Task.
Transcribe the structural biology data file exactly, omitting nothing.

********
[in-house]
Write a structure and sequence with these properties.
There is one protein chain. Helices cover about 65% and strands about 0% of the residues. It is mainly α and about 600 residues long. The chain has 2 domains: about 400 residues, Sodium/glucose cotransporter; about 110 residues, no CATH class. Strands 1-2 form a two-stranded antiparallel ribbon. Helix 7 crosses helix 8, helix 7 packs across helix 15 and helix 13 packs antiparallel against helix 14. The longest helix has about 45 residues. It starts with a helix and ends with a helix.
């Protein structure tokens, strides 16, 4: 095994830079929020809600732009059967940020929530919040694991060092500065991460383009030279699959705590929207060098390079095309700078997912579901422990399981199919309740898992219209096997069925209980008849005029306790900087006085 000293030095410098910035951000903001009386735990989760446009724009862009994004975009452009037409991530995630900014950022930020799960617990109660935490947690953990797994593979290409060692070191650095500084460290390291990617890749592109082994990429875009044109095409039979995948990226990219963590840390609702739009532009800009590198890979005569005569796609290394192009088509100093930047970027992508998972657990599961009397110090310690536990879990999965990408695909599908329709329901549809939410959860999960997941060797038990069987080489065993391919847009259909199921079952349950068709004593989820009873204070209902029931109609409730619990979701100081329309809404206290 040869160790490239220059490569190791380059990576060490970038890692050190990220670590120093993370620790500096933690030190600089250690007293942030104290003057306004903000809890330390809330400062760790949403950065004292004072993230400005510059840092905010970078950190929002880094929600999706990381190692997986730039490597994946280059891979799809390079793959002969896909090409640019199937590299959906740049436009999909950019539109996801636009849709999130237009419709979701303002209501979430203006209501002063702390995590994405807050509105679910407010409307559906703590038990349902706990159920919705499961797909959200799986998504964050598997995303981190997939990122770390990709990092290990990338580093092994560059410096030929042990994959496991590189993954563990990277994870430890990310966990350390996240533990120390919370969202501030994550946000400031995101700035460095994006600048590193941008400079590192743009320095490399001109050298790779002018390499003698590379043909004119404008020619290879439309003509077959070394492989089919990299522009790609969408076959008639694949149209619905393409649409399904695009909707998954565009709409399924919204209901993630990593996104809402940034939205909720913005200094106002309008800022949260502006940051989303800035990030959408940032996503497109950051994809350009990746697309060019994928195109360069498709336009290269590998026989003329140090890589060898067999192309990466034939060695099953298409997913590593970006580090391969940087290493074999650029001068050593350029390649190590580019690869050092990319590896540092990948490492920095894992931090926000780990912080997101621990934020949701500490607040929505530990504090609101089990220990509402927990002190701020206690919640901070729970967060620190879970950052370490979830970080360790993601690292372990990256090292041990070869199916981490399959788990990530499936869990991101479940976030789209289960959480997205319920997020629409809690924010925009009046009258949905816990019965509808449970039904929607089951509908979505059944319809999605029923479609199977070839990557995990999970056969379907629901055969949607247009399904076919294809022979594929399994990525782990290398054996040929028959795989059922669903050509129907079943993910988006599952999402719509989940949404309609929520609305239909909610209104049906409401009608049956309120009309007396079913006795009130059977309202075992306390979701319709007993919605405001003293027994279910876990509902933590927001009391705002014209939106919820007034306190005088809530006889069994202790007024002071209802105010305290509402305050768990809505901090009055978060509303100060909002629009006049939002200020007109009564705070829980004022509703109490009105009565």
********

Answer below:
[in-house]
Write a structure and sequence with these properties.
There is one protein chain. Helices cover about 65% and strands about 0% of the residues. It is mainly α and about 600 residues long. The chain has 2 domains: about 400 residues, Sodium/glucose cotransporter; about 110 residues, no CATH class. Strands 1-2 form a two-stranded antiparallel ribbon. Helix 7 crosses helix 8, helix 7 packs across helix 15 and helix 13 packs antiparallel against helix 14. The longest helix has about 45 residues. It starts with a helix and ends with a helix.
């Protein structure tokens, strides 16, 4: 095994830079929020809600732009059967940020929530919040694991060092500065991460383009030279699959705590929207060098390079095309700078997912579901422990399981199919309740898992219209096997069925209980008849005029306790900087006085 000293030095410098910035951000903001009386735990989760446009724009862009994004975009452009037409991530995630900014950022930020799960617990109660935490947690953990797994593979290409060692070191650095500084460290390291990617890749592109082994990429875009044109095409039979995948990226990219963590840390609702739009532009800009590198890979005569005569796609290394192009088509100093930047970027992508998972657990599961009397110090310690536990879990999965990408695909599908329709329901549809939410959860999960997941060797038990069987080489065993391919847009259909199921079952349950068709004593989820009873204070209902029931109609409730619990979701100081329309809404206290 040869160790490239220059490569190791380059990576060490970038890692050190990220670590120093993370620790500096933690030190600089250690007293942030104290003057306004903000809890330390809330400062760790949403950065004292004072993230400005510059840092905010970078950190929002880094929600999706990381190692997986730039490597994946280059891979799809390079793959002969896909090409640019199937590299959906740049436009999909950019539109996801636009849709999130237009419709979701303002209501979430203006209501002063702390995590994405807050509105679910407010409307559906703590038990349902706990159920919705499961797909959200799986998504964050598997995303981190997939990122770390990709990092290990990338580093092994560059410096030929042990994959496991590189993954563990990277994870430890990310966990350390996240533990120390919370969202501030994550946000400031995101700035460095994006600048590193941008400079590192743009320095490399001109050298790779002018390499003698590379043909004119404008020619290879439309003509077959070394492989089919990299522009790609969408076959008639694949149209619905393409649409399904695009909707998954565009709409399924919204209901993630990593996104809402940034939205909720913005200094106002309008800022949260502006940051989303800035990030959408940032996503497109950051994809350009990746697309060019994928195109360069498709336009290269590998026989003329140090890589060898067999192309990466034939060695099953298409997913590593970006580090391969940087290493074999650029001068050593350029390649190590580019690869050092990319590896540092990948490492920095894992931090926000780990912080997101621990934020949701500490607040929505530990504090609101089990220990509402927990002190701020206690919640901070729970967060620190879970950052370490979830970080360790993601690292372990990256090292041990070869199916981490399959788990990530499936869990991101479940976030789209289960959480997205319920997020629409809690924010925009009046009258949905816990019965509808449970039904929607089951509908979505059944319809999605029923479609199977070839990557995990999970056969379907629901055969949607247009399904076919294809022979594929399994990525782990290398054996040929028959795989059922669903050509129907079943993910988006599952999402719509989940949404309609929520609305239909909610209104049906409401009608049956309120009309007396079913006795009130059977309202075992306390979701319709007993919605405001003293027994279910876990509902933590927001009391705002014209939106919820007034306190005088809530006889069994202790007024002071209802105010305290509402305050768990809505901090009055978060509303100060909002629009006049939002200020007109009564705070829980004022509703109490009105009565």